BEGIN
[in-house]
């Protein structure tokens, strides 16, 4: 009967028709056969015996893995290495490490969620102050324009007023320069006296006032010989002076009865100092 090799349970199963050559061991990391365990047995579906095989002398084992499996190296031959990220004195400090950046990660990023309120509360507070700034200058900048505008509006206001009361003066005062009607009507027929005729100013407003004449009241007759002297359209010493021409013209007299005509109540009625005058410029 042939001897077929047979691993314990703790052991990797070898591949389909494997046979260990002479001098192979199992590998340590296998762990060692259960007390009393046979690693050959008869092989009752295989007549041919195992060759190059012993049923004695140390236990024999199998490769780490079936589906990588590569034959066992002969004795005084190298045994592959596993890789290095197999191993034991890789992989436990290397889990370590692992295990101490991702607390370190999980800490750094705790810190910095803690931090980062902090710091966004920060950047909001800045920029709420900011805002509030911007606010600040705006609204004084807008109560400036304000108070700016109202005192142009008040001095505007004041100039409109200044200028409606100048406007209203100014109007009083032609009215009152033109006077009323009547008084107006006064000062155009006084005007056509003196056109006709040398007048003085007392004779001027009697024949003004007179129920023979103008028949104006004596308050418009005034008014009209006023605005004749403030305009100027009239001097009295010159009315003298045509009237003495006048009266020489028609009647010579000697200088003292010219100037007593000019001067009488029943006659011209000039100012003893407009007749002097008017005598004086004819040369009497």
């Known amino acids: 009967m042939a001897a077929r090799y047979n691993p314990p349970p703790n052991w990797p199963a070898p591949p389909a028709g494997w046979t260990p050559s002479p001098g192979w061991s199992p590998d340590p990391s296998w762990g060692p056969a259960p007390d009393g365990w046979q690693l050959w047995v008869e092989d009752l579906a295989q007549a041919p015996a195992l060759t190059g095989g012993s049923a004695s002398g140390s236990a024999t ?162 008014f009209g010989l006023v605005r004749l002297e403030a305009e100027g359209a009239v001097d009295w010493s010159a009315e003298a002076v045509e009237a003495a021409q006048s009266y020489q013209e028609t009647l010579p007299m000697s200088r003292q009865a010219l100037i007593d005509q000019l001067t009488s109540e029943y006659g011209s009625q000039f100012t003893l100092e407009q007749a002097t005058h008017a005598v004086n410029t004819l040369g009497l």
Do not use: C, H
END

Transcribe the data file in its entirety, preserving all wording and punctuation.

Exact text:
[in-house]
């Protein structure tokens, strides 16, 4: 009967028709056969015996893995290495490490969620102050324009007023320069006296006032010989002076009865100092 090799349970199963050559061991990391365990047995579906095989002398084992499996190296031959990220004195400090950046990660990023309120509360507070700034200058900048505008509006206001009361003066005062009607009507027929005729100013407003004449009241007759002297359209010493021409013209007299005509109540009625005058410029 042939001897077929047979691993314990703790052991990797070898591949389909494997046979260990002479001098192979199992590998340590296998762990060692259960007390009393046979690693050959008869092989009752295989007549041919195992060759190059012993049923004695140390236990024999199998490769780490079936589906990588590569034959066992002969004795005084190298045994592959596993890789290095197999191993034991890789992989436990290397889990370590692992295990101490991702607390370190999980800490750094705790810190910095803690931090980062902090710091966004920060950047909001800045920029709420900011805002509030911007606010600040705006609204004084807008109560400036304000108070700016109202005192142009008040001095505007004041100039409109200044200028409606100048406007209203100014109007009083032609009215009152033109006077009323009547008084107006006064000062155009006084005007056509003196056109006709040398007048003085007392004779001027009697024949003004007179129920023979103008028949104006004596308050418009005034008014009209006023605005004749403030305009100027009239001097009295010159009315003298045509009237003495006048009266020489028609009647010579000697200088003292010219100037007593000019001067009488029943006659011209000039100012003893407009007749002097008017005598004086004819040369009497």
């Known amino acids: 009967m042939a001897a077929r090799y047979n691993p314990p349970p703790n052991w990797p199963a070898p591949p389909a028709g494997w046979t260990p050559s002479p001098g192979w061991s199992p590998d340590p990391s296998w762990g060692p056969a259960p007390d009393g365990w046979q690693l050959w047995v008869e092989d009752l579906a295989q007549a041919p015996a195992l060759t190059g095989g012993s049923a004695s002398g140390s236990a024999t ?162 008014f009209g010989l006023v605005r004749l002297e403030a305009e100027g359209a009239v001097d009295w010493s010159a009315e003298a002076v045509e009237a003495a021409q006048s009266y020489q013209e028609t009647l010579p007299m000697s200088r003292q009865a010219l100037i007593d005509q000019l001067t009488s109540e029943y006659g011209s009625q000039f100012t003893l100092e407009q007749a002097t005058h008017a005598v004086n410029t004819l040369g009497l």
Do not use: C, H